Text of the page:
Skeptic_Heretic
5 / 5 (3) Jan 27, 2011
But if you want to claim that we already produce enough electricity, or even can under this plan, to power the billion electric cars, trucks, ships, planes, tanks, construction/farming/mining and other equipment, many of which haven't even been invented let alone built yet, please show your work.
Well first, you're inventing a lot of applications that have never been considered grid-viable electric vehicles. Beyond that you further create a strawman to try to force your viewpoint into some sort of authoritative stance.

If you want to say we can't, show your work.

Beyond that, with a market based drawdown of gasoline vehicles over time, approximately 30 years or so, we'll see EV and grid evolved to a point where the ability to generate and support the vehicle swapover can be manifest.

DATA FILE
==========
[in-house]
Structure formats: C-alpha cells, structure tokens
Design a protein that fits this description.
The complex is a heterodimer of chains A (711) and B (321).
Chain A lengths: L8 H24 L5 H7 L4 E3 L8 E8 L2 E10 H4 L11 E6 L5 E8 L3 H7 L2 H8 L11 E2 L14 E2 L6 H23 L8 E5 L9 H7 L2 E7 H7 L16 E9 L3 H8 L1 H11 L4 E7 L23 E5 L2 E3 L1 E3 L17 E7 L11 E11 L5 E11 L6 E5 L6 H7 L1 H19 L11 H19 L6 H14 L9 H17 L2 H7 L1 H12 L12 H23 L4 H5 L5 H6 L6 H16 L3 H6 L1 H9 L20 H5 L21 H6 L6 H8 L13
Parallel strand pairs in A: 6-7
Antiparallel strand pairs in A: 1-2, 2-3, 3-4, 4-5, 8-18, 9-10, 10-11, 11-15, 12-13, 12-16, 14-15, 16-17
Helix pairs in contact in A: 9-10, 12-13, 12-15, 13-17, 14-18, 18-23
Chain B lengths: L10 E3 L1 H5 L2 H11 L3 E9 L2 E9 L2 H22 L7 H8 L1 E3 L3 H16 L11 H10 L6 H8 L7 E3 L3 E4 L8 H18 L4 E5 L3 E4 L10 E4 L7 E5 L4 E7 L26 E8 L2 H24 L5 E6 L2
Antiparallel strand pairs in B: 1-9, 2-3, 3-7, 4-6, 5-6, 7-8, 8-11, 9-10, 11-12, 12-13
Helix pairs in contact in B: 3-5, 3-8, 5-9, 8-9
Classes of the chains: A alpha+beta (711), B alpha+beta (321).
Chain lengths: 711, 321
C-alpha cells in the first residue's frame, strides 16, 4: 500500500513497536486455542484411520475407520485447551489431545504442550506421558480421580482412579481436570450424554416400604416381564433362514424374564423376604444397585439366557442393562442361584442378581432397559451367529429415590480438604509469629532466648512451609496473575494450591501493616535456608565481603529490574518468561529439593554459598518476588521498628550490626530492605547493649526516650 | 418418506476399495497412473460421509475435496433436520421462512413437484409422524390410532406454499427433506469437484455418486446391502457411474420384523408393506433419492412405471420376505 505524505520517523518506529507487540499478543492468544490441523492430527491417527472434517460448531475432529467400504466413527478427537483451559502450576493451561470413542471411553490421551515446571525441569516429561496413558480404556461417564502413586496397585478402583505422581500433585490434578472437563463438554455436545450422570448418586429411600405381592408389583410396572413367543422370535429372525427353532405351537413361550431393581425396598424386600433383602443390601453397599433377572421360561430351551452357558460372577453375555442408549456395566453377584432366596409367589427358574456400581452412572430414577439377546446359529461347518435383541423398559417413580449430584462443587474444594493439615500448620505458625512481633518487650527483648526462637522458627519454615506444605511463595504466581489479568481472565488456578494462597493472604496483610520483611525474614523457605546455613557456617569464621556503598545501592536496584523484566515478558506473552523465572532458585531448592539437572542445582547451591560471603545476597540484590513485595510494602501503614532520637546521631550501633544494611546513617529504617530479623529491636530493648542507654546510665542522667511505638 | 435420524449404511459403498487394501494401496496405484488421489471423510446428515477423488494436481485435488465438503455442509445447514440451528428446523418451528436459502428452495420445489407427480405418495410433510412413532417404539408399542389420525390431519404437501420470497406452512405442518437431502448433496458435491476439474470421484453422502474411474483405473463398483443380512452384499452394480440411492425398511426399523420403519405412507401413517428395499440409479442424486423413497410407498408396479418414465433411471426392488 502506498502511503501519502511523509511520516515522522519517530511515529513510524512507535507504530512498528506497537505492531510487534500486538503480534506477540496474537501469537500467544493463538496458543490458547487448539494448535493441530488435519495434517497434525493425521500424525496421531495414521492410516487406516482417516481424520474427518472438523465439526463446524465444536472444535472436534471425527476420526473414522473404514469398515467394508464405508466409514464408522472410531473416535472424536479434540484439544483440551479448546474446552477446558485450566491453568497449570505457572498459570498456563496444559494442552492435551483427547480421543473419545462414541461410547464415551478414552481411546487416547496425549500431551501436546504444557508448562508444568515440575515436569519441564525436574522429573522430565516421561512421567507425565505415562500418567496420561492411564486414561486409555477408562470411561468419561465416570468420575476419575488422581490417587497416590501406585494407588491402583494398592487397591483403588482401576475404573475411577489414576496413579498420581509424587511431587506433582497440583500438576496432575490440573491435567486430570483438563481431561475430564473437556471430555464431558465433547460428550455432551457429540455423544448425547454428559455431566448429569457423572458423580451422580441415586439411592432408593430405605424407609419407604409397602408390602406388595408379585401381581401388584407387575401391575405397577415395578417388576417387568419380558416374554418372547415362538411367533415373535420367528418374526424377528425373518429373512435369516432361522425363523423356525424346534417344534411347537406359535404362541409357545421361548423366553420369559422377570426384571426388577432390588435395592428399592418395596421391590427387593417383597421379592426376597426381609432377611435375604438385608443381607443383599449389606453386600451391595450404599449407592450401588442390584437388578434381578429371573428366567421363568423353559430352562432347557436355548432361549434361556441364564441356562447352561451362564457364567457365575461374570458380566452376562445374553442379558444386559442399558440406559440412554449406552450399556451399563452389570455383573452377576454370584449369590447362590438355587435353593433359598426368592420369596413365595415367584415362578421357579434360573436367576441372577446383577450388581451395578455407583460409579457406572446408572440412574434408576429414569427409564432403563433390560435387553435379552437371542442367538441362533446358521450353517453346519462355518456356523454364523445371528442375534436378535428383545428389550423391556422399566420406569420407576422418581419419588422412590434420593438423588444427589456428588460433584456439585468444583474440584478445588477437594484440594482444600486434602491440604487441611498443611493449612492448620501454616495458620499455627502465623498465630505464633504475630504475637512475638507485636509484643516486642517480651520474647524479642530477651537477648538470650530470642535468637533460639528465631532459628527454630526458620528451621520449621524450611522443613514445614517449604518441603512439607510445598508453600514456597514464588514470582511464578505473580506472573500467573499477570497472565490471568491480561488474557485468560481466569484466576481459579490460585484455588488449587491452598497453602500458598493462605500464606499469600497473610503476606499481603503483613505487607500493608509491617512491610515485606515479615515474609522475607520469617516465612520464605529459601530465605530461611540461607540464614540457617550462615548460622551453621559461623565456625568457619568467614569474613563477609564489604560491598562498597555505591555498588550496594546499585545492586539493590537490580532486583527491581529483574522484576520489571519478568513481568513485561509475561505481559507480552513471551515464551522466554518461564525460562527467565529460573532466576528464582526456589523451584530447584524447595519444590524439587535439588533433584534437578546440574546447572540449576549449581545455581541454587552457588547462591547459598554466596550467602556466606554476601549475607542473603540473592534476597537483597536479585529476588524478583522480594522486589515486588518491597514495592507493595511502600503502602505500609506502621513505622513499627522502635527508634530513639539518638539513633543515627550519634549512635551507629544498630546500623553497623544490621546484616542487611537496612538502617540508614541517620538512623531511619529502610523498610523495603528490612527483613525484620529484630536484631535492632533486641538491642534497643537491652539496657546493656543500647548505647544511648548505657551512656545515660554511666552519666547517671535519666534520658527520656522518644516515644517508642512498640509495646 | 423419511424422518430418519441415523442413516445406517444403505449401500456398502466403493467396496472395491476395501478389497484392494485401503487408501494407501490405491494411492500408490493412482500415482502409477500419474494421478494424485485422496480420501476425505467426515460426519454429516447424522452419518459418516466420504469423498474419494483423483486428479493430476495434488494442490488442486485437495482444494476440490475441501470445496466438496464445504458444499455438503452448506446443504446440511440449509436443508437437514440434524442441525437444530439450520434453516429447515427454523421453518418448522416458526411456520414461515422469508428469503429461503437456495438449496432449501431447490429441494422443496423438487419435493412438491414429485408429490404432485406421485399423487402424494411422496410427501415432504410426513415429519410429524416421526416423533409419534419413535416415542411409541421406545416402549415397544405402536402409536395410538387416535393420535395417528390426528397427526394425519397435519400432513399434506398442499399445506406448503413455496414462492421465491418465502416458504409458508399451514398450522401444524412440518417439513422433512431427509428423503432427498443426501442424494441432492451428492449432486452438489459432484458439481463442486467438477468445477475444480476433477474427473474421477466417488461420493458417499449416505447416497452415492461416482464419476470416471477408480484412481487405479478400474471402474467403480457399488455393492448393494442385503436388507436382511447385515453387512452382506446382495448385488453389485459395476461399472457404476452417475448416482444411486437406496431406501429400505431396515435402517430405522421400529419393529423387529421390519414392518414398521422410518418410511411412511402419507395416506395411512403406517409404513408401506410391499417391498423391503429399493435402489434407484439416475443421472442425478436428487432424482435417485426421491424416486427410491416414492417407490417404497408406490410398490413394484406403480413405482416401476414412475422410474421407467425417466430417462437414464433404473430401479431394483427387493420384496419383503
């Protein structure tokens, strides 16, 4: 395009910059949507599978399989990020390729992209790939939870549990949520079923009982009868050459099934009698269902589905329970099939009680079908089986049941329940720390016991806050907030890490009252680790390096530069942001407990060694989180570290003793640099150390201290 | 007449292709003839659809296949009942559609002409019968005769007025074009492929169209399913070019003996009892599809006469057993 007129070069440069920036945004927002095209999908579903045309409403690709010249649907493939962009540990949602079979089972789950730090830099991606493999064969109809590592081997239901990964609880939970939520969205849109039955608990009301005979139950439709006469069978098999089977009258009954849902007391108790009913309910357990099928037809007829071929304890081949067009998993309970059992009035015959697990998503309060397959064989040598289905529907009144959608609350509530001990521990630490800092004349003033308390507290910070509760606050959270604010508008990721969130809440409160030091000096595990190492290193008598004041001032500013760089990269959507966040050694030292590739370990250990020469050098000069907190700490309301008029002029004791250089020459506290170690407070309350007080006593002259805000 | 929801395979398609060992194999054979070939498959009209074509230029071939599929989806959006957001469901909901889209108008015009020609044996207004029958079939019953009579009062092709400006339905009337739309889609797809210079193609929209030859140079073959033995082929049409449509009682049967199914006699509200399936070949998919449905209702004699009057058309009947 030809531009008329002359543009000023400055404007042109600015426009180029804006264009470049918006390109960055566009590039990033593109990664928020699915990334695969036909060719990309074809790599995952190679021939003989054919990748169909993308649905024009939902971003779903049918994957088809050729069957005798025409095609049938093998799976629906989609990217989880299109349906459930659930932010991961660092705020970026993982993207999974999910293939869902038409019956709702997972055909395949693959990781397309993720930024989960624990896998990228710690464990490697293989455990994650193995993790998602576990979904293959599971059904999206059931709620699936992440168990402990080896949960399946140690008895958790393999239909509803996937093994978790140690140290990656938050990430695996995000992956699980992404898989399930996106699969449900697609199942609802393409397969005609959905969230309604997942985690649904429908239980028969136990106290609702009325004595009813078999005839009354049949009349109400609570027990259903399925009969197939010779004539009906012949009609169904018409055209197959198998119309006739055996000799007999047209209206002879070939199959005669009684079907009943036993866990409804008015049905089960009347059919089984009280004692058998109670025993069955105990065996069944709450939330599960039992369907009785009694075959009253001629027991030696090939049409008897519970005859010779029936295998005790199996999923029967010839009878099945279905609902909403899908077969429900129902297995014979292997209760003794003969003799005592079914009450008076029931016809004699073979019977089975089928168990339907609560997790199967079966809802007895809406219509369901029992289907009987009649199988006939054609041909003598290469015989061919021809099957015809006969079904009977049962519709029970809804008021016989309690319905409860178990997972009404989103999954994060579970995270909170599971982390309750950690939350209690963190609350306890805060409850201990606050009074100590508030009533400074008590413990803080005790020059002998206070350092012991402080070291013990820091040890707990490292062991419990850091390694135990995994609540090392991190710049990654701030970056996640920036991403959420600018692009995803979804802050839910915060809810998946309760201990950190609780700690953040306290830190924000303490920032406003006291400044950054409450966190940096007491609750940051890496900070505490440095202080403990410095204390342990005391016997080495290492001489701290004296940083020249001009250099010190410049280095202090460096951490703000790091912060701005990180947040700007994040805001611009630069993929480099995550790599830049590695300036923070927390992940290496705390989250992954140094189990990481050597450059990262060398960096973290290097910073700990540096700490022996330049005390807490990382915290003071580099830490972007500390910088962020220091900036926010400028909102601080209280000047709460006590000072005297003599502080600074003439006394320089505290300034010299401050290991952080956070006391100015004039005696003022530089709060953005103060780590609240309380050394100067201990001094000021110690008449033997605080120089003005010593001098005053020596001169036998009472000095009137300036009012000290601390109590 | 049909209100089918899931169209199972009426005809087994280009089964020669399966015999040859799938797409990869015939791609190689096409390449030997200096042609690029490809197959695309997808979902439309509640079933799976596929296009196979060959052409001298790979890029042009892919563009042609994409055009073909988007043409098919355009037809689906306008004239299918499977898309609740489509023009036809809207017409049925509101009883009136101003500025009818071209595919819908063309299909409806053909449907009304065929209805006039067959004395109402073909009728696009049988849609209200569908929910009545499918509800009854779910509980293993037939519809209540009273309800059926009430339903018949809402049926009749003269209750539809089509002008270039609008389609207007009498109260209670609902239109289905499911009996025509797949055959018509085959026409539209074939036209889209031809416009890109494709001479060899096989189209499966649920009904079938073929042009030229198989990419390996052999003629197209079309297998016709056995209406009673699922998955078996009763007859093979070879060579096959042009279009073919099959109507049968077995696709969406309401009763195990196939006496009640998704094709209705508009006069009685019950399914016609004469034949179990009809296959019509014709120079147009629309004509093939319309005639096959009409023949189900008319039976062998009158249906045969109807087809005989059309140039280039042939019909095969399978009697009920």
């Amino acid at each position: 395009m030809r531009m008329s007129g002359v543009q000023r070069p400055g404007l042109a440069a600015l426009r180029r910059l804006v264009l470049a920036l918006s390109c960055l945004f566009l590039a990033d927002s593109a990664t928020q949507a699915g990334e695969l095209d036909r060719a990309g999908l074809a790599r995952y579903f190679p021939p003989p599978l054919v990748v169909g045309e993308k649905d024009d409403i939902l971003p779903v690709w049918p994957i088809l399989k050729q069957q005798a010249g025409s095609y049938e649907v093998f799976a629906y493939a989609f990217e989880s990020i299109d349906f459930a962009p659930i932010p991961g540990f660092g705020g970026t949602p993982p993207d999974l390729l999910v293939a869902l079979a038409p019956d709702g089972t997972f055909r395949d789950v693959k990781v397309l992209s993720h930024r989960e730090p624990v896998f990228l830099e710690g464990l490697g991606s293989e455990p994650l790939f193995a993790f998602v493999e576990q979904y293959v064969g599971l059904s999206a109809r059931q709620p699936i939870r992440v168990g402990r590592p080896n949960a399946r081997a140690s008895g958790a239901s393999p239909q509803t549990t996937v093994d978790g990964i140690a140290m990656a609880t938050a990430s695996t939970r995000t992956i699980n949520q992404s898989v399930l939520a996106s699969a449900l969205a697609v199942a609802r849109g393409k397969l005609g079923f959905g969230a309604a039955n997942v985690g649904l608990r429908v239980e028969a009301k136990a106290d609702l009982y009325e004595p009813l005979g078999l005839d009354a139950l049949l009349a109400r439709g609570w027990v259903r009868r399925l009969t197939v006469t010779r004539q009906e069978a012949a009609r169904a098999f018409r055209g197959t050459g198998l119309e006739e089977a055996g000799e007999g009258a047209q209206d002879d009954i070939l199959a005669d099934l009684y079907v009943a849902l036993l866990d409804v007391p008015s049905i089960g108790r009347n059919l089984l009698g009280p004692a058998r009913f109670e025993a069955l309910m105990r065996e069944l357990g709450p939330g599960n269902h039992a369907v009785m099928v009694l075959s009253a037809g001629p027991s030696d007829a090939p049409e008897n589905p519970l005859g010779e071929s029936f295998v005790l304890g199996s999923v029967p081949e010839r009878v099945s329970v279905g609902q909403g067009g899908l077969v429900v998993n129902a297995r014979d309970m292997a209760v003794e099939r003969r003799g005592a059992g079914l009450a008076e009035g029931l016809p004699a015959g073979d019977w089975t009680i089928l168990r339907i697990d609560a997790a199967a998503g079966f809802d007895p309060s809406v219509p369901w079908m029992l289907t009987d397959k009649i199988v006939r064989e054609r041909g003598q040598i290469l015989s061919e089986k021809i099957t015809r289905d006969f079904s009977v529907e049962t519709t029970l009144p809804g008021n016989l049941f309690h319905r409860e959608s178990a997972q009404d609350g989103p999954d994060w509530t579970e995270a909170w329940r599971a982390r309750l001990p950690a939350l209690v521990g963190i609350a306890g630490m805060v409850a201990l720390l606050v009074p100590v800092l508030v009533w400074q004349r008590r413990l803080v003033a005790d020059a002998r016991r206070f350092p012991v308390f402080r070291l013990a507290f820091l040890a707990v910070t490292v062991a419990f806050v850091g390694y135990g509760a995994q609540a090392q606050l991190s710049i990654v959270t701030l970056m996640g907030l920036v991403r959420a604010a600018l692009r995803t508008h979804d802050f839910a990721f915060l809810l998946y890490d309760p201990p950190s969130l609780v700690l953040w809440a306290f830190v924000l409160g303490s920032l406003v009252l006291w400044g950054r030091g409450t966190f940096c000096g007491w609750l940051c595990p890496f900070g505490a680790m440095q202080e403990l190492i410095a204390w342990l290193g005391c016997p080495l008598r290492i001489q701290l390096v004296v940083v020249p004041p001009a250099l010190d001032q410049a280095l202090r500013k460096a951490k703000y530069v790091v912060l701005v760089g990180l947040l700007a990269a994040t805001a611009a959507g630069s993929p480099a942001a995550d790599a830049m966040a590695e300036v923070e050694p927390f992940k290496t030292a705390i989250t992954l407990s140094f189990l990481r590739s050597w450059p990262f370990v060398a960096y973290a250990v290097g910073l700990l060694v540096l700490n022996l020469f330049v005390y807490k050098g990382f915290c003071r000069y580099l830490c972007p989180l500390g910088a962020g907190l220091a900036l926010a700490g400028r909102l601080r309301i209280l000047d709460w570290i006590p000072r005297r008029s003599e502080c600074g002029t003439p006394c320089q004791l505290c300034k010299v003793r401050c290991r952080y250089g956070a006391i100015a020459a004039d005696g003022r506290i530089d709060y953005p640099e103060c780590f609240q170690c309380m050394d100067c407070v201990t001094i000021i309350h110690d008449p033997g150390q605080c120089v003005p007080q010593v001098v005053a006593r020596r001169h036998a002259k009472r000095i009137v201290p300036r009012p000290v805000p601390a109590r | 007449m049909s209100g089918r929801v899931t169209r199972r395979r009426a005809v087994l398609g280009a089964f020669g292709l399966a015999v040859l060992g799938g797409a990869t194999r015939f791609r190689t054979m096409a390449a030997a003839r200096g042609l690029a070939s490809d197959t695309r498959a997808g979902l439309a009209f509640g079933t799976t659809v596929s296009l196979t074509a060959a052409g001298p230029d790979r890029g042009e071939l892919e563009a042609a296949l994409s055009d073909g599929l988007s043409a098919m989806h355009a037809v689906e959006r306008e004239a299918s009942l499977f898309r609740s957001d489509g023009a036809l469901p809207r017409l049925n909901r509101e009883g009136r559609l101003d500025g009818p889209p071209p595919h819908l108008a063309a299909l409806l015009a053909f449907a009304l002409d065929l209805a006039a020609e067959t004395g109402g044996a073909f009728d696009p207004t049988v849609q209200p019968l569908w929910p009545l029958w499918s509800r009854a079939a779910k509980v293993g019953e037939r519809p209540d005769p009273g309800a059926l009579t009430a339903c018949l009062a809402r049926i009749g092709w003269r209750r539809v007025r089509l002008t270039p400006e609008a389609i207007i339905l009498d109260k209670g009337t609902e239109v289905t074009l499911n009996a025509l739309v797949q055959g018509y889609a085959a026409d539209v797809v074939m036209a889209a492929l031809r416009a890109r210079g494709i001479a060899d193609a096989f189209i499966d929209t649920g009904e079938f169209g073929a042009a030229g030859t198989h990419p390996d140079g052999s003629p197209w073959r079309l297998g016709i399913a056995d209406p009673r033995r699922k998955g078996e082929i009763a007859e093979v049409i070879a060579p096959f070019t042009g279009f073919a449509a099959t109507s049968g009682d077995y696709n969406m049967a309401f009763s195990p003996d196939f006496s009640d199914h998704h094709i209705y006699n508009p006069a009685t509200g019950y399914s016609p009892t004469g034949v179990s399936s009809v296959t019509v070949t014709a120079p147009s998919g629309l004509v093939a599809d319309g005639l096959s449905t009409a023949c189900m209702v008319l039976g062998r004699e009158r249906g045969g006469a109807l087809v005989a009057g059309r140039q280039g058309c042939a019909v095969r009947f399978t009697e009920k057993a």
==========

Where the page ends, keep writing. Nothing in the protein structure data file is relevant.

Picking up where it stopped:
Are you assuming we're just going to pull 300 million cars off the road tomorrow? That's silly talk.
antialias
5 / 5 (4) Jan 27, 2011
Germany shutdown all nuclear power generation in 97.


No. I live in germany. Our politicians are currently voting to extend lifetimes of all reactors till 2030 (currently there is a law which says they all of them should shut down in 2020)

There's more than 20 nuclear reactors currently operating in germany.
Skeptic_Heretic
5 / 5 (2) Jan 27, 2011
Germany shutdown all nuclear power generation in 97.


No. I live in germany. Our politicians are currently voting to extend lifetimes of all reactors till 2030 (currently there is a law which says they all of them should shut down in 2020)

There's more than 20 nuclear reactors currently operating in germany.